Day 2 of Rust. How close am I to idiomatic?

As an exercise, I wrote a little graph data structure with undo/redo that would be suitable for my app (hence the Node/Wire/Patch terminology instead of Node/Edge/Graph).

I saw this: https://rust-leipzig.github.io/architecture/2016/12/20/idiomatic-trees-in-rust/, which makes me think it isn’t particularly practical to maintain a compact array of Nodes (client code might want some identifier for a Node which is stable under graph edits), but that doesn’t seem like a style thing per se.

Just a few things that I’ve caught (I’m not going to analyze your algorithm for max efficiency though) - Just going to look for idiomatics

  1. Use usize and isize instead of types with predetermined size. This is because we can then index properly, and prove that the maximum index is actually achievable.
  2. Think about adding a new function to your types to avoid explicit instantiation.
let mut patch = Patch{ nodes: Vec::new(), wires: Vec::new() };
//becomes the following:
let mut patch = Patch::new();
//or the following if you also implement `Default`
let mut patch = Patch::default();
  1. Please, please, please, use the dyn keyword where necessary to annotate trait objects. For example, Box<Fn()> becomes Box<dyn Fn()>. Add a #![deny(bare_trait_objects] to the top of your main file (lib.rs or main.rs) to turn this into a hard error throughout the module (Which includes the rest of your project).
  2. Use rustfmt please. Run with cargo fmt
  3. And, one last nitpick, just as how fn foo() automagically becomes fn foo() -> (), dyn Fn() also becomes dyn Fn() -> (), so using that, we can change your Box<dyn Fn() -> ()> into Box<dyn Fn()>.
  4. Rust has an amazing testing suite. You can either use something like the following:
//mod.rs or main.rs
/*
the rest of your code
*/

fn main() {
    //Your main code, omitting assertions for correctness
}

#[cfg(test)]
mod tests {
    #[test]
    fn it_works() {
        assert!(MyPublicAndOrPrivateApi::new().works());
    }
}

//In <Cargo.toml directory>/tests/filename.rs
#[test]
fn it_works() {
    assert!(MyPublicApi::new().works());
}
  1. Another bit of random advice: If you don’t want to allow your users to have state within their closures (Currently your dyn Fn() objects) you can use a bare function pointer fn() (Note capitalization) which could possibly make your code faster, but this is a small nitpick in the eyes of usability.
  2. You can make your Fn calls look nicer:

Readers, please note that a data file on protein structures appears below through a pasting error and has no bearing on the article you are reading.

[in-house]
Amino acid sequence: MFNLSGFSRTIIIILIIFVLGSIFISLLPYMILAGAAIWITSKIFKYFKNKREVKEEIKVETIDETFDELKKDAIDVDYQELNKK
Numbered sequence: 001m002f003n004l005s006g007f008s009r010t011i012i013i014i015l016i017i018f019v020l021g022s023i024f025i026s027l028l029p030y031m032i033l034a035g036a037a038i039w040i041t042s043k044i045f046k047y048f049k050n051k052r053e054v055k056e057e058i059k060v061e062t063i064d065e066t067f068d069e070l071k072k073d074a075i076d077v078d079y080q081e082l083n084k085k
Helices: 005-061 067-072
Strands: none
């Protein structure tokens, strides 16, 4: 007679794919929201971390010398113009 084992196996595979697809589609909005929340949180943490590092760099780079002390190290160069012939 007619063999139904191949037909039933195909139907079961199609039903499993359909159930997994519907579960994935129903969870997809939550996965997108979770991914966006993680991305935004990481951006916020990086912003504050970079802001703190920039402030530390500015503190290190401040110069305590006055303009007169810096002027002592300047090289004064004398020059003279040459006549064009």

//Change this, like on line 91
(*top)(patch, self); 
//To 
top(patch, self);
  1. You don’t need the extra curly braces {} around your for loops from line 54 to 72.

Otherwise, you may want to run clippy to get some more details, but otherwise this is looking great!

P.S. Welcome to the Rust users forum!

6 Likes

Here’s a fork of your gist which implements most of the suggestions above.

1 Like
self.wires.retain(|w| w.from != from || w.to != to);

I’d write:

self.wires.retain(|w| (w.from, w.to) != (from, to));

// or alternatively, because Wire: Copy:

self.wires.retain(|&w| w != Wire { from, to });

for w in &self.wires {
  if w.from == node || w.to == node {
    to_disconnect.push(Wire{from: w.from, to: w.to});
  }
}

I’d write:

for w in &self.wires {
  if w.from == node || w.to == node {
    to_disconnect.push(w.clone());
  }
}

// or, because Wire: Copy

for &w in &self.wires {
  if w.from == node || w.to == node {
    to_disconnect.push(w);
  }
}

Random aside: I don’t think you ever clear your redo buffer?


Eh. I often see usize taken as an easy way out of deciding an integer type. It’s pretty hard to come across integers that couldn’t potentially be used as an index, outside of hashes and cryptography; but not all of these things that we’re indexing are able to grow to such large proportions.

I say it’s a good suggestion if the author didn’t consider it, but u32 is not necessary unidiomatic or something to be discouraged. (Just something to be used properly)

Yes, all of these.


which makes me think it isn’t particularly practical to maintain a compact array of Nodes (client code might want some identifier for a Node which is stable under graph edits), but that doesn’t seem like a style thing per se.

Yeah, that’s an entirely different matter from being idiomatic. As I see it, a stable graph and an unstable graph are different beasts. Both have their strengths and weaknesses, and neither is perfect for every situation. Use what’s most useful to you!

5 Likes

Thanks so much @OptimisticPeach and @ExpHP for the excellent replies!

Would the decision of u32 vs usize be made more clear by needing to serialize the graph?

1 Like

Yes, unless you were serializing to a format where the types of things aren’t needed (eg JSON) because then, it’s just text and not a size thing. Either way, usize or u32 should work unless you have more than 2^32 - 1 elements.